Foxgloves have performed very well for us this year. I grew them from seed and planted them around the oak tree and my garden studio in the spring garden. I also planted a big patch at the edge of the Bluebell wood – they flowered twice, as usual in spring and then quite unexpectedly again in autumn. You can cut the flower stalks right back when you tidy your garden in autumn and some people like to remove the plants as soon as flowering is over. As you know I prefer to leave some seed heads on my plants so that tiny creatures have hiding places and seeds to eat over winter. And here’s my bonus. Here’s what’s left of my Foxgloves this year. Just the tall stalks with seed pods. But aren’t they amazing?
Most Foxgloves are biennials… if you sow them this year they will flower next year. What is brilliant about biennials is that you can grow lots of plants very easily and inexpensively from seed and then remove them after flowering to grow something else.
Easy – Sow in late summer or early autumn and they will grow and develop through the winter with little or even no attention from you as long as your garden has sufficient rain! Then they burst into life in spring sending up tall spires of blooms so you will have masses of early flowers in May and June.
Inexpensive – Foxgloves produce masses of tiny seeds. If you have friends with foxgloves in their garden they will probably be delighted to give you some of their seeds. Alternatively you can buy a packet of seeds for just a couple of pounds and choose the colours that you prefer.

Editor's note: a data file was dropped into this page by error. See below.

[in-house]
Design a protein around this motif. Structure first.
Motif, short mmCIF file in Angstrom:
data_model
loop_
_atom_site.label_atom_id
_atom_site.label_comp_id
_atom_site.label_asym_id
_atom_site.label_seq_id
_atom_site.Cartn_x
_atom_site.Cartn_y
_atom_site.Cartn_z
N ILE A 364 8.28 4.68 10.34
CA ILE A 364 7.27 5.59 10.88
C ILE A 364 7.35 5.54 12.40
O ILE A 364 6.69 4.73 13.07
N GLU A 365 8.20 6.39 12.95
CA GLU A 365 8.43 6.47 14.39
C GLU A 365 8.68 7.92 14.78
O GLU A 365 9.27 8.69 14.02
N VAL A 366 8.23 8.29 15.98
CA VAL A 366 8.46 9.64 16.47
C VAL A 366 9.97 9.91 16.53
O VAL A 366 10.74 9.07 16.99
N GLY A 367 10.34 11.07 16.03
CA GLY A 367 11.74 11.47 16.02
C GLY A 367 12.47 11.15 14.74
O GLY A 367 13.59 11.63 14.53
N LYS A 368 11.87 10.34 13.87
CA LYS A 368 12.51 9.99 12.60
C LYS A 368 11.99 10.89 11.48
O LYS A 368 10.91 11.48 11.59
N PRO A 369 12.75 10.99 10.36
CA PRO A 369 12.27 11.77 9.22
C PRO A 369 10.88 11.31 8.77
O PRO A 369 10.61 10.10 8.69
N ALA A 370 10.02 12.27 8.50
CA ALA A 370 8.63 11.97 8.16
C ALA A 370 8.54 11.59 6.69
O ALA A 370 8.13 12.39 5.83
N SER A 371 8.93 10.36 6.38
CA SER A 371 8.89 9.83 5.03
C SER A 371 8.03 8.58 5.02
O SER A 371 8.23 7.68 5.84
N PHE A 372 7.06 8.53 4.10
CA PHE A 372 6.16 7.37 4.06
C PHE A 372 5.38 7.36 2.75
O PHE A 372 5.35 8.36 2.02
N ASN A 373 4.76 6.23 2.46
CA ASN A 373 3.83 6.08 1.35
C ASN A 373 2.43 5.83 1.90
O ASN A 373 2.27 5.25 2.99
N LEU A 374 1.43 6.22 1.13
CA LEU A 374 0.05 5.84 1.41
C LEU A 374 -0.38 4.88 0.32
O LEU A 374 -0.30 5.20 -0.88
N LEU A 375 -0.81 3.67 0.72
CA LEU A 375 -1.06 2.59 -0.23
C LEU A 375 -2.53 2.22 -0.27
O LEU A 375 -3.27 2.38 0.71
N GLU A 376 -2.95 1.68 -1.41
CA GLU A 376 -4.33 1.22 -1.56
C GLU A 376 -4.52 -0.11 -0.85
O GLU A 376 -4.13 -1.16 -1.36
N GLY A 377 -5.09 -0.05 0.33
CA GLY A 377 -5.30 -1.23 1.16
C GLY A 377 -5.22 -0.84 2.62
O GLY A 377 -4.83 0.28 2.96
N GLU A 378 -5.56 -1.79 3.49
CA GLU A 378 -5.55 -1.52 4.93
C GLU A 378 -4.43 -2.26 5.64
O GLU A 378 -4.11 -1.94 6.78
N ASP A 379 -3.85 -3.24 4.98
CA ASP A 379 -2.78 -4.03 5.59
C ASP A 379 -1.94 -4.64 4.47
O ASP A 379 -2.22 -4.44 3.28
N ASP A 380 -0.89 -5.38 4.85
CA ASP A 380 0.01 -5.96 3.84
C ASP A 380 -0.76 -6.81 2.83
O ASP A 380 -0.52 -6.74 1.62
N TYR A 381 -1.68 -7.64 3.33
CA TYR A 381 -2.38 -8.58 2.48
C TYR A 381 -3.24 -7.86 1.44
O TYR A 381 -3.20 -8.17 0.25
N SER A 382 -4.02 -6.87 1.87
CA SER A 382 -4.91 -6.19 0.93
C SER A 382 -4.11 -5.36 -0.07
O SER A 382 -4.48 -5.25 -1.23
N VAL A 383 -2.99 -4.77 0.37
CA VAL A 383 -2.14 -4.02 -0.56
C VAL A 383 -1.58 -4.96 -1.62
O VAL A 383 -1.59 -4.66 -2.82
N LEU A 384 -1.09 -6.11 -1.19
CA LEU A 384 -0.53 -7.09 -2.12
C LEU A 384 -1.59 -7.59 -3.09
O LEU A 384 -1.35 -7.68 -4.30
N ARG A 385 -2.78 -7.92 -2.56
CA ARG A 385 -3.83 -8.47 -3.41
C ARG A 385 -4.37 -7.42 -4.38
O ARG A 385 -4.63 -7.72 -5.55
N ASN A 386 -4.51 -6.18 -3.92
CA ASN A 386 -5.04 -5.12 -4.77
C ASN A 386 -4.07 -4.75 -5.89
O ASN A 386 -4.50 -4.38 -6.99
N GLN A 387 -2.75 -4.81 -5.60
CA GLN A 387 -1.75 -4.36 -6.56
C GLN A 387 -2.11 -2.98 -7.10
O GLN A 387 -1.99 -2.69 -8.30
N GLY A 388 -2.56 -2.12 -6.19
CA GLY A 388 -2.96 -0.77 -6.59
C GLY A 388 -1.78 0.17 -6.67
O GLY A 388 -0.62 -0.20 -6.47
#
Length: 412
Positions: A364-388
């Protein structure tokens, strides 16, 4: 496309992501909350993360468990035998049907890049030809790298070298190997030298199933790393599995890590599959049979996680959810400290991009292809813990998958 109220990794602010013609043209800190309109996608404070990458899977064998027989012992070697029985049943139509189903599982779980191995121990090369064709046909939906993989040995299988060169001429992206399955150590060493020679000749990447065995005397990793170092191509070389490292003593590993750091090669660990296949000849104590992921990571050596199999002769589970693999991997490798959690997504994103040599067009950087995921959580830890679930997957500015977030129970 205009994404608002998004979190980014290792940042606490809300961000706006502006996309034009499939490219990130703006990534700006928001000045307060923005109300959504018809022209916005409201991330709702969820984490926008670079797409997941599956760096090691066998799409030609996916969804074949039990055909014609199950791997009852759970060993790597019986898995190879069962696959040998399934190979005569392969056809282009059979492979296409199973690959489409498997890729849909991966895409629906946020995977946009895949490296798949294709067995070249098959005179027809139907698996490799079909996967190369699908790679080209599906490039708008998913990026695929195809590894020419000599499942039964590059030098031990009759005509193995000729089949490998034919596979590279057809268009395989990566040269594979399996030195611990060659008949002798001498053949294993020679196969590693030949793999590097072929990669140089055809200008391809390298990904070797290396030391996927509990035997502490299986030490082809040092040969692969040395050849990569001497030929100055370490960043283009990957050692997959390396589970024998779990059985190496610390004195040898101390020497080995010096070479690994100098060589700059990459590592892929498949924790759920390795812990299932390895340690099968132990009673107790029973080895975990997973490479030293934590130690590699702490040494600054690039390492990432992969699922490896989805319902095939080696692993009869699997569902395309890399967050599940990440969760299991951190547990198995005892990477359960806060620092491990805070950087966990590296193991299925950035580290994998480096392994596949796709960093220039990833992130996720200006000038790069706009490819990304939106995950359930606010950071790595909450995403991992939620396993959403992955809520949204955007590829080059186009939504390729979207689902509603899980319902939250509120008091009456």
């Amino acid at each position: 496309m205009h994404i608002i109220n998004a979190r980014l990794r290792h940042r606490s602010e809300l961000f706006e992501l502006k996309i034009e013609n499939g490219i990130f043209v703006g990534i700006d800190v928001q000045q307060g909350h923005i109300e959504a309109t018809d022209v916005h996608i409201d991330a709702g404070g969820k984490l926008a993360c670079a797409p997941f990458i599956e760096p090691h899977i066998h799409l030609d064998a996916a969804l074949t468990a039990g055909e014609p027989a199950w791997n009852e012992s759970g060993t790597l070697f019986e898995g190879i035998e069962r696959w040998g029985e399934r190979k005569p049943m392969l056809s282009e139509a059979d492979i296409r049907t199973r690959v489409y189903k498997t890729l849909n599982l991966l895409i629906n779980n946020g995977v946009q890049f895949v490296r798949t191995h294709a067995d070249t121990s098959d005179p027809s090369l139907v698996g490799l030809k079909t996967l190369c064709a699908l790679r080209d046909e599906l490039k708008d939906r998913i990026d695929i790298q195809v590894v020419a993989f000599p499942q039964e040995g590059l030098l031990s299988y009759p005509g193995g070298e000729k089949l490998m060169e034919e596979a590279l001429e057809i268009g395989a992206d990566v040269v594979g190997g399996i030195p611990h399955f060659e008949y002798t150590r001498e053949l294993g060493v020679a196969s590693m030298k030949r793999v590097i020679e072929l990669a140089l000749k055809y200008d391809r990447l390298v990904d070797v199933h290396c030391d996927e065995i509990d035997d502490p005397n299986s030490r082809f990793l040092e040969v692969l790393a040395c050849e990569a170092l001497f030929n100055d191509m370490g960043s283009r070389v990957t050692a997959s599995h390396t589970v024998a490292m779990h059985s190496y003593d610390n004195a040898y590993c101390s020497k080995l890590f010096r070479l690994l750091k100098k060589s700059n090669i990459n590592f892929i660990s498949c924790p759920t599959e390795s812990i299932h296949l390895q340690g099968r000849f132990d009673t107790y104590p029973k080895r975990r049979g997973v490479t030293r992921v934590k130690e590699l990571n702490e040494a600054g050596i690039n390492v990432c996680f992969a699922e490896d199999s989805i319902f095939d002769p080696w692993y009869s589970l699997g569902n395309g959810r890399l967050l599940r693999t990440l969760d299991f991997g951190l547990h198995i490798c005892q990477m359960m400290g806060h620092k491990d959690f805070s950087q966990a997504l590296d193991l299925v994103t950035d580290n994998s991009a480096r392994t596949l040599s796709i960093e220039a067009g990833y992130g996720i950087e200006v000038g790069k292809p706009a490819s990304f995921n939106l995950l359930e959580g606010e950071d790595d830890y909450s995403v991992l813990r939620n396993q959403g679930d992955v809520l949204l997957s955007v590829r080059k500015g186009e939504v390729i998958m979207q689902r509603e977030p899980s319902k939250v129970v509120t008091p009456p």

The bright pink wild form which is Digitalis purpurea. They also come in white and cream and lovely pastel pinks and peach too. Many of them have beautiful markings inside each bloom which acts like a landing strip for bees and other pollinating insects.
If you haven’t already sown your foxglove seeds this year ready for flowering in spring 2016 don’t worry. You can still grow Foxgloves in your garden. All good nurseries and garden centres will have Foxglove plants for sale in early spring and there are some Foxgloves which you can sow, grow and flower in the same year.
How to sow Foxglove seeds.
Foxglove seeds need light to germinate. I prefer to start them off indoors in trays of compost. I have found that sowing a tiny pinch of seed in just 10 cells of a module tray is the best way to raise Foxgloves. Sowing in cells like this means that you don’t sow too thickly. If you aim to sow just 10 seeds in 10 cells then you will have 100 Foxglove plants. That should be enough for most gardens!
Growing them in cells means that each tiny plant has more space and light so your newly germinated seedlings won’t damp off and rot away. They will develop into nice healthy seedlings which can be pricked out into their own individual cell to grow on. They are quite hardy and don’t need heat at this stage. You can pot them on as they grow then plant them outside when you are ready.
Foxgloves are really woodland edge plants. Like most woodland plants their broad leaves will make the most of the sunshine in early spring before the leaves form on deciduous trees. And then wooosh… up come the flowers in late spring. They prefer partially shaded positions and moisture retentive soil.
You can cut the flowers for a dramatic display indoors. Flowers last about 5 days in nice fresh water. Once you remove the main flower spike the plants will send up side shoots with more flowers… these will be smaller but still gorgeous. If you prefer to leave your blooms in the garden then please take some time to sit and watch the insects make a bee line for your Foxgloves.
Do you grow Foxgloves in your garden? Gillian